Welcoming You with Open Arms

 We had a really terrific weekend at the Tenth Amendment Center, and it just felt wrong for me to channel negative energy, despite concerns I had that I wanted to address. So instead, I decided to take some of those frustrations and use them to write something I considered more positive – a letter to a friend. Though I do have someone in mind, I also realized that there are other people out there in similar situations, and that you might have a friend you would write a similar letter to. If that is the case, please feel free to pass it along.

Dear Liberty Friend,

I want to say thank you.

Thank you for your hard work. For your family values. For working on behalf of people who don’t know and/or possibly don’t care that their liberty is slipping away day by day. Thank you for being a cheerleader to others of us who sometimes feel like we are just trudging through the muck. It’s nice to know someone’s got your back. Thank you for your friendship – and great conversation over cold beer.

I also want to say I am sorry.

I’m sorry for the jerks you’ve had to deal with, and that they didn’t recognize your value.

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Federal Court Permanently Vacates Injunction Against NDAA “Indefinite Detention”

The Second Circuit has permanently vacated the injunction issued by the District Court against NDAA 2012 indefinite detention powers.   The case has been remanded to District Court Judge Kathryn Forrest. who originally issued the injunction.

In layman’s terms, Forrest put a stop to indefinite detention, and the Second Circuit overturned that.  It also permanently prohibited Forrest from attempting to do so again, ordering her to proceed with the case consistent with their opinion.

NDAA “indefinite detention” powers are alive and well.

The opinion appears to be based only on lack of standing — based on the Clapper case decided by the Supreme Court:

“In sum, Hedges and O’Brien do not have Article III standing to challenge the statute because Section 1021 simply says nothing about the government’s authority to detain citizens.  While Section 1021 does have meaningful effect regarding the authority to detain individuals who are not citizens or lawful resident aliens and are apprehended abroad, Jonsdottir and Wargalla have not established standing on this record. We VACATE the permanent injunction and REMAND for further proceedings consistent with this opinion.”  P. 60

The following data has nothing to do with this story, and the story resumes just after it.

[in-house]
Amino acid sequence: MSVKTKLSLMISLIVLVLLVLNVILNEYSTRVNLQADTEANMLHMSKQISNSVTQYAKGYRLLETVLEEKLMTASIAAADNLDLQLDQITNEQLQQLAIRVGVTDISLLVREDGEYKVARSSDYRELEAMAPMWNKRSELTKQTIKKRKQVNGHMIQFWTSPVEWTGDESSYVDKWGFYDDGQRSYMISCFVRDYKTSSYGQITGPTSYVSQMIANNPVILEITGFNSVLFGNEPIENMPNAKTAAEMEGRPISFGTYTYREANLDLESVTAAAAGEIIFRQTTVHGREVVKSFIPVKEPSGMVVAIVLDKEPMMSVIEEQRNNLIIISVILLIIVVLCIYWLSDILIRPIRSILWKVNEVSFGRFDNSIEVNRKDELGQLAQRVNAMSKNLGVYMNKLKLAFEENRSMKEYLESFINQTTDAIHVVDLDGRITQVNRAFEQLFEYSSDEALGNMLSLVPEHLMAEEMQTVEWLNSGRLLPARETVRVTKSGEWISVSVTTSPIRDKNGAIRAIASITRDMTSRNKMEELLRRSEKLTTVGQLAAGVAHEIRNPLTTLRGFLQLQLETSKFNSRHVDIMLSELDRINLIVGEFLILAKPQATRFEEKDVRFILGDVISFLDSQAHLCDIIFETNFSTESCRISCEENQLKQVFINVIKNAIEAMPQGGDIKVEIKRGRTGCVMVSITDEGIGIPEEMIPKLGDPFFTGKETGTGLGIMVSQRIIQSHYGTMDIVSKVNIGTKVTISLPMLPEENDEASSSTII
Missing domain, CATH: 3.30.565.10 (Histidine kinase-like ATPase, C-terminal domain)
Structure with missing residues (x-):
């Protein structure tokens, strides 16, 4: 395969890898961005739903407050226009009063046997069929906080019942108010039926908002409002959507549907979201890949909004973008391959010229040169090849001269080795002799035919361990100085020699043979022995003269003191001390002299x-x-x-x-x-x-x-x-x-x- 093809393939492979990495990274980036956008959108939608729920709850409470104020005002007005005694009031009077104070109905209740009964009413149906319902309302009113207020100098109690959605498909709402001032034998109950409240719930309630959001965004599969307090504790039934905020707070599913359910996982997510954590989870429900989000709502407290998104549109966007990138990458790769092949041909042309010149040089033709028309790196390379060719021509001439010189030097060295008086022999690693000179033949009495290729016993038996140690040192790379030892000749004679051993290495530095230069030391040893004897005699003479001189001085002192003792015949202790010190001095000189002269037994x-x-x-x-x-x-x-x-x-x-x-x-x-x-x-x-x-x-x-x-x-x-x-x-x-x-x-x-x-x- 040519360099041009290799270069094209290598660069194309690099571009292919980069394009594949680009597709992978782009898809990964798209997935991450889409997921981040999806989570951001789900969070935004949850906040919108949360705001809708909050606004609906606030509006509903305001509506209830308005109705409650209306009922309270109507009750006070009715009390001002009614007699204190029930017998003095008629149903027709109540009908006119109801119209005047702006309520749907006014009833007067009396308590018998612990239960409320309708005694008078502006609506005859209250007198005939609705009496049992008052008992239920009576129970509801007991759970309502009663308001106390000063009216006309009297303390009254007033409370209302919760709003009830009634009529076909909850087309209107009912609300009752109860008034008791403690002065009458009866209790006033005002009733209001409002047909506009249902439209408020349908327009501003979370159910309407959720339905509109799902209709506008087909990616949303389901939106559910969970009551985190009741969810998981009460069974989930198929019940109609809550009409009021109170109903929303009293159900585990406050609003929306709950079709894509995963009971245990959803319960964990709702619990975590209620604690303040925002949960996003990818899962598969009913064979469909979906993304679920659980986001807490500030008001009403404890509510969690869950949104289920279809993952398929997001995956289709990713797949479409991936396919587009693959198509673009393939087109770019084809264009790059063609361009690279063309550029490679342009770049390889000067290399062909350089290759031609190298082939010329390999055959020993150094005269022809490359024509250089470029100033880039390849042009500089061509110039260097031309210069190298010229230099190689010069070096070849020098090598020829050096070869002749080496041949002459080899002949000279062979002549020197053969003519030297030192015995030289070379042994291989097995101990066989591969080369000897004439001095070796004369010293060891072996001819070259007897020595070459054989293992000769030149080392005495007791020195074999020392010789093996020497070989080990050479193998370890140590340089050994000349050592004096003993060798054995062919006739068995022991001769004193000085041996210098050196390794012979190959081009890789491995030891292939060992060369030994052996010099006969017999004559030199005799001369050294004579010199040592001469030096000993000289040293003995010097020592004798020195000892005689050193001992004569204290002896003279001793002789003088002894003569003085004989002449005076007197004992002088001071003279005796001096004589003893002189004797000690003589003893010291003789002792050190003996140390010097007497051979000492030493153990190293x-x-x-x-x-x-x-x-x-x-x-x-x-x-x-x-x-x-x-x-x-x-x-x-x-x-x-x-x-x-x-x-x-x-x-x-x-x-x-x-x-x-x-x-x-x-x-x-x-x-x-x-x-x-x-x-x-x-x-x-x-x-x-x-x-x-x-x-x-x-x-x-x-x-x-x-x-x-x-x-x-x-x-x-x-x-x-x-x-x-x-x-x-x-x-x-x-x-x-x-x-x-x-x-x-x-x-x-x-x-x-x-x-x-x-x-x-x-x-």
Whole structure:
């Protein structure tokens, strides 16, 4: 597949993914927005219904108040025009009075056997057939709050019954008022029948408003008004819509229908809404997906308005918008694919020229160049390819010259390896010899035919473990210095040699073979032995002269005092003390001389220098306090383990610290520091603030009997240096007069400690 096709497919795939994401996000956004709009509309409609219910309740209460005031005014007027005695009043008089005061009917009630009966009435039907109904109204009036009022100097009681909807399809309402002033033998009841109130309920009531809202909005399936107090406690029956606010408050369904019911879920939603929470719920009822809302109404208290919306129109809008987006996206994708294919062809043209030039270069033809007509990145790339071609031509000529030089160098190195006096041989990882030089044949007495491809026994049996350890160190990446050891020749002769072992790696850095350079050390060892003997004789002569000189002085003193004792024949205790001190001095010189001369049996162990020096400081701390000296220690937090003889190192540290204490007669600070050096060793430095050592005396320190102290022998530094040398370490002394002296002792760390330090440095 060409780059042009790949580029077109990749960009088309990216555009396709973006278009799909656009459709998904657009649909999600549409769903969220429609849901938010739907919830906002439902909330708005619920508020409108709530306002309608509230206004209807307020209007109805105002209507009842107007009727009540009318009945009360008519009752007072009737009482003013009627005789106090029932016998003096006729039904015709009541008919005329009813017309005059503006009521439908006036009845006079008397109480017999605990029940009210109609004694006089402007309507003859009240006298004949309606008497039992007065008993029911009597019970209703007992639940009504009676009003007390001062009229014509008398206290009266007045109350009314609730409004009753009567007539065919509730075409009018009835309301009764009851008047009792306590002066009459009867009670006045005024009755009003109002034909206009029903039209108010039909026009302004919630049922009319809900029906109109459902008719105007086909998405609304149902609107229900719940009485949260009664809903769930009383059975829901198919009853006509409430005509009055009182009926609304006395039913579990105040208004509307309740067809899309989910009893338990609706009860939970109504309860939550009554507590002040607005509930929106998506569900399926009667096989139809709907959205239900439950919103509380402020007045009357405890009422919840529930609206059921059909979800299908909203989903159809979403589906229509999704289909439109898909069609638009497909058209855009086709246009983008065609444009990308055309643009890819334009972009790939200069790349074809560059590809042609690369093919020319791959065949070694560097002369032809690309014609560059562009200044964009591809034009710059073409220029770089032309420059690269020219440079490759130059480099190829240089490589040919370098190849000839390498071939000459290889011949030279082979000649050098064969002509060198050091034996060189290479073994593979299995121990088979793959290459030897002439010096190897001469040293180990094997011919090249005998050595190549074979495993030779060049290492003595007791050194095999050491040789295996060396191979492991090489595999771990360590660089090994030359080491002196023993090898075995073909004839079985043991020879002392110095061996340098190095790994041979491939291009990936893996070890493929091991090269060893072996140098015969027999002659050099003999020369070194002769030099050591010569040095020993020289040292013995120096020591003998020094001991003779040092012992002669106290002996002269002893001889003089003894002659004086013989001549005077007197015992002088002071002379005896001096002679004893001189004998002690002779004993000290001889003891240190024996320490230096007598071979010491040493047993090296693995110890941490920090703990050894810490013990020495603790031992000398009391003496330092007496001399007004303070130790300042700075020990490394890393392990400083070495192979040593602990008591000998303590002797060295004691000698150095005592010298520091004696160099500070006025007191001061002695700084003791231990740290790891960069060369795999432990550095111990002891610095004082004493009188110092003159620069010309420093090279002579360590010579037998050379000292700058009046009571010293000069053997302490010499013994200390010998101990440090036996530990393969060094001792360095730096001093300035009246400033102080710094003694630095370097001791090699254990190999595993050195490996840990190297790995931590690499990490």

The Tenth Amendment Center, along with a broad coalition of organizations and individuals, filed an amicus brief on behalf of the defendants.  It was cited at p. 4 and note 3 in the District Court’s opinion:

As one group of amici has noted, “[r]arely has a short statute been subject to more radically different interpretations than Section 1021.”

The only other reference to an amicus brief was at p. 40, in note 137 — Center for National Security Studies.

REVIEWING THE “LAW” IN QUESTION

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Breakdown in Americans’ Respect for the Rule of Law?

Some commentators and compilers have sensed what they believe is a weakening of the rule of law in the United States.  I’ve documented an example in one state.

Conduct surrounding the George Zimmerman case provides additional cause for concern, including prejudicial comments by President Obama and rioting subsequent to acquittal.

To his credit, President Obama did express support for the verdict once it came in, although he inappropriately coupled it with promotion of his political agenda.

Adherence to the rule of law is critical to survival of a free society. This, in turn, requires adherence to five basic standards:

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Muscotah, Kansas Passes Ordinance to Nullify Federal Gun Control

A second small city in Kansas has stepped up to add another level of defense in the battle to protect the right to keep and bear arms in the Sunflower State.

On July 8, the city of Muscotah, Kan., adopted an ordinance prohibiting any agency or person in the employ of the city from enforcing, providing material support for, or participating in any way in the enforcement of any act, law, treaty, order, rule or regulation of federal government regarding personal firearms, firearm accessories, or ammunition with the city limits. The city modeled its ordinance off one passed earlier this year in Herndon. This was not simply a resolution declaring support for the right to keep and bear arms, but a legally binding ordinance, barring any cooperation with federal agents trying to enforce acts violating the Second Amendment.

Muscotah became the third local government in Kansas to approve a legally binding act protecting the right to keep and bear arms, joining Herndon and Sedgwick County. These local actions add an additional row of teeth to the state law passed during the most recent legislative session.

Kansas was admitted to statehood in 1861, affirming its commitment to the Second Amendment by adopting Section 4 of the State Bill of rights. It provides for the right to keep and bear arms, for the defense of self, family, home and state. With that right under assault by an overzealous and overreaching federal government, state officials moved in to interpose. On April 16, Gov. Brownback signed “The Second Amendment Protection Act” into law. The passage and signing of the Second Amendment Protection Act represented a huge step in protecting the right to keep and bear arms in Kansas, but local support will play a vital role in the ultimate success of the new Kansas law.

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